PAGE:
It’s not only the slender diabetic patients who struggle with the scale. I will never forget one of my patients coming into my exam room, dancing. She was a wealthier woman but looked almost homeless. Her pants were about six sizes too big and she had a fancy leather belt tied in a knot around her waist. I couldn’t help but laugh, she looked ridiculous. I asked her what was with her look, and she replied she’d been losing so much weight, she gave up on buying clothes. She was just going to look ridiculous until she stopped losing weight.  We both had a laugh and talked about how her fasting and diet was going, and then I asked her to step on the scale, so I could get her measurements.  I remember her dancing to the scale and within a few minutes breaking into hysterical tears. She hadn’t lost weight since I took her measurements five weeks earlier. She had to sit down and started hyperventilating. ‘How?’ she said.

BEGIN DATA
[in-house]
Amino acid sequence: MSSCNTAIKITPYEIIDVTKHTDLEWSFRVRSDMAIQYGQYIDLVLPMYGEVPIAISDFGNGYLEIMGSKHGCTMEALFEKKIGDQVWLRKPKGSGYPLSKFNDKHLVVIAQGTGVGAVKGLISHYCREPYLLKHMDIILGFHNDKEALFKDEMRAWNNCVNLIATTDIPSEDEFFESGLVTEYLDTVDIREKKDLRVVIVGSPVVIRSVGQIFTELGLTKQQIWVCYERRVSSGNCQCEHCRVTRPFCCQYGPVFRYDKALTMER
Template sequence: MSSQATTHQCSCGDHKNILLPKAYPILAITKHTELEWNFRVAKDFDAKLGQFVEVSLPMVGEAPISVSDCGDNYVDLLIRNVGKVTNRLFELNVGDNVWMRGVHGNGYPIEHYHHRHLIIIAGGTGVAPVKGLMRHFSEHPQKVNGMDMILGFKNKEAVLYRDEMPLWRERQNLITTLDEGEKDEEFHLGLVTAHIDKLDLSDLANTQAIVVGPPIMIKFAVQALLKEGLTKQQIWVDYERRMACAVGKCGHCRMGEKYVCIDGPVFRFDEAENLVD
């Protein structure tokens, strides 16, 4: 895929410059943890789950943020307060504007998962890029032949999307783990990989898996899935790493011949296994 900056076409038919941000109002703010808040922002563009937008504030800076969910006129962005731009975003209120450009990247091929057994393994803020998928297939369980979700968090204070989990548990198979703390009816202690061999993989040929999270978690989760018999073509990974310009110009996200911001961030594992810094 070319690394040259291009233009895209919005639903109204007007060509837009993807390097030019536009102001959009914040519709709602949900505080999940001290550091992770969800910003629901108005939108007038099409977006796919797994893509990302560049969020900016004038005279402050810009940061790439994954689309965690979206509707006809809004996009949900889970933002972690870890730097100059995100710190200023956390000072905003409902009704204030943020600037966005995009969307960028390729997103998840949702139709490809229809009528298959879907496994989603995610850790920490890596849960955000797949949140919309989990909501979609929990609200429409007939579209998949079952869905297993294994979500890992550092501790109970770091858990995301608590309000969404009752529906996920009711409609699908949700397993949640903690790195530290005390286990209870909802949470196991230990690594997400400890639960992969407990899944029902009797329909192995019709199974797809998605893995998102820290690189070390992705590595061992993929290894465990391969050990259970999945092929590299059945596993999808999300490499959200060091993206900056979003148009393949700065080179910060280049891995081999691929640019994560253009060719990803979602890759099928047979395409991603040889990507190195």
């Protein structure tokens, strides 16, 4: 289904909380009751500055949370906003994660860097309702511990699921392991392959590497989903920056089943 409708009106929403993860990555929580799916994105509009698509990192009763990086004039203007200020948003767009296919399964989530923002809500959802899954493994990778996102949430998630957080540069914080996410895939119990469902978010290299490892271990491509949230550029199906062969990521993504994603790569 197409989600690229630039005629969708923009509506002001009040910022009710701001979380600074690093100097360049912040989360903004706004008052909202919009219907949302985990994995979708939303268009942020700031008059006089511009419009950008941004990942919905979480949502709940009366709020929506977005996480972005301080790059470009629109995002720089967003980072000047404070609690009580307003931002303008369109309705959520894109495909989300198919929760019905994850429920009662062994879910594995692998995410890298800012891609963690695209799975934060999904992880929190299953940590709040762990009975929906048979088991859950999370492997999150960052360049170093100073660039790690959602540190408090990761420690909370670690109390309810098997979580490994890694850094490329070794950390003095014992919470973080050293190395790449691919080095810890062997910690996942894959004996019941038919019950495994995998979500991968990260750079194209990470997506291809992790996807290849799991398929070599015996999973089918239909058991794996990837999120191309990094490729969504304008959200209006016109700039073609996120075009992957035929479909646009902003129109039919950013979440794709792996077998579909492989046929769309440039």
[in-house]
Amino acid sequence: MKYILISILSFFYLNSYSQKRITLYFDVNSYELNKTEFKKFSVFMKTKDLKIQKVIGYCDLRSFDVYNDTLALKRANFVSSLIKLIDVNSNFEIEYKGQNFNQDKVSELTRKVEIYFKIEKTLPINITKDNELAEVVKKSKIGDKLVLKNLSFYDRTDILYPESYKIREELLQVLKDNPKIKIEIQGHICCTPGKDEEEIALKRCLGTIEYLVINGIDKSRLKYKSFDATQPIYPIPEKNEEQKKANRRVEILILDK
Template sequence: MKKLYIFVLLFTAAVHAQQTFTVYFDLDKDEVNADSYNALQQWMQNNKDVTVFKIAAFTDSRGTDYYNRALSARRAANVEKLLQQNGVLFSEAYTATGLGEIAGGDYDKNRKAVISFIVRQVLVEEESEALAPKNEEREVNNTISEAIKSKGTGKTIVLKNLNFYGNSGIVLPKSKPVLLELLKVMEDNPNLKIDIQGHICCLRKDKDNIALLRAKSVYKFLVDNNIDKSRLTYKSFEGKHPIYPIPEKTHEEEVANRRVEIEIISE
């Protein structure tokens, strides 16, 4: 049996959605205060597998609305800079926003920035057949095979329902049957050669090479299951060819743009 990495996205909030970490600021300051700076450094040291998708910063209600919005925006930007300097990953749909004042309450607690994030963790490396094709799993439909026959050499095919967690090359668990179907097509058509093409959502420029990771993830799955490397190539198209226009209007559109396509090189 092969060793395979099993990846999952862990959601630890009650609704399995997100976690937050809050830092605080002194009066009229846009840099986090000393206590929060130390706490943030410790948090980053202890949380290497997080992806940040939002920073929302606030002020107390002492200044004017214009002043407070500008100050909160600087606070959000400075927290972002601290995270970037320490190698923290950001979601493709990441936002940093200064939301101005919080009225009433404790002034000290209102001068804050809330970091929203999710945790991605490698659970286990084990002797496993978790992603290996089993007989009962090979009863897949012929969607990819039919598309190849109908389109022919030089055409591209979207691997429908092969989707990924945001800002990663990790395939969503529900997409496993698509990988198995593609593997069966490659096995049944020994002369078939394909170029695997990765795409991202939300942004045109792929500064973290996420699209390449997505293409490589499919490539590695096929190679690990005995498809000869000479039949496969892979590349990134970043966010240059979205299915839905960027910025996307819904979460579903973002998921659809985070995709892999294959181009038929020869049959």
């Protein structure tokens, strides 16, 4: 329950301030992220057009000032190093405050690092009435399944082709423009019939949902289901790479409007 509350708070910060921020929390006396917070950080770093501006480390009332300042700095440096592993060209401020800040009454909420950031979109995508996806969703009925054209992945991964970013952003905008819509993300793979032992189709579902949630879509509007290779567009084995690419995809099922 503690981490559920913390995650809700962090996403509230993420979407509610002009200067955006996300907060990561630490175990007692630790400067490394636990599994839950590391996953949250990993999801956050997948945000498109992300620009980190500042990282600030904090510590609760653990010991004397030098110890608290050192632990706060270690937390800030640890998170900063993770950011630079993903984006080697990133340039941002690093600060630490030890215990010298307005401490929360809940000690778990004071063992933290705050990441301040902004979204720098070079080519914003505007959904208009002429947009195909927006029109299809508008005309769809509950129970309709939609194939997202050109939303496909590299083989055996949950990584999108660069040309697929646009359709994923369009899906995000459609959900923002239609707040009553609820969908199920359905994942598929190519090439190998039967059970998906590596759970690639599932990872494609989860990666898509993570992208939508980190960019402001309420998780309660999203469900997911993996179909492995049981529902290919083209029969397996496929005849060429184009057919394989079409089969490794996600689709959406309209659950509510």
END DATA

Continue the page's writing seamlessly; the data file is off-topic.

I asked her to stand back up for me, so I could measure her waist. She had lost four inches (10 cm) in a month. That’s a lot of body fat! Well, this lady just didn’t care. Her whole life she was told the scale is the ultimate marker of successful weight loss and what inevitably makes her healthy.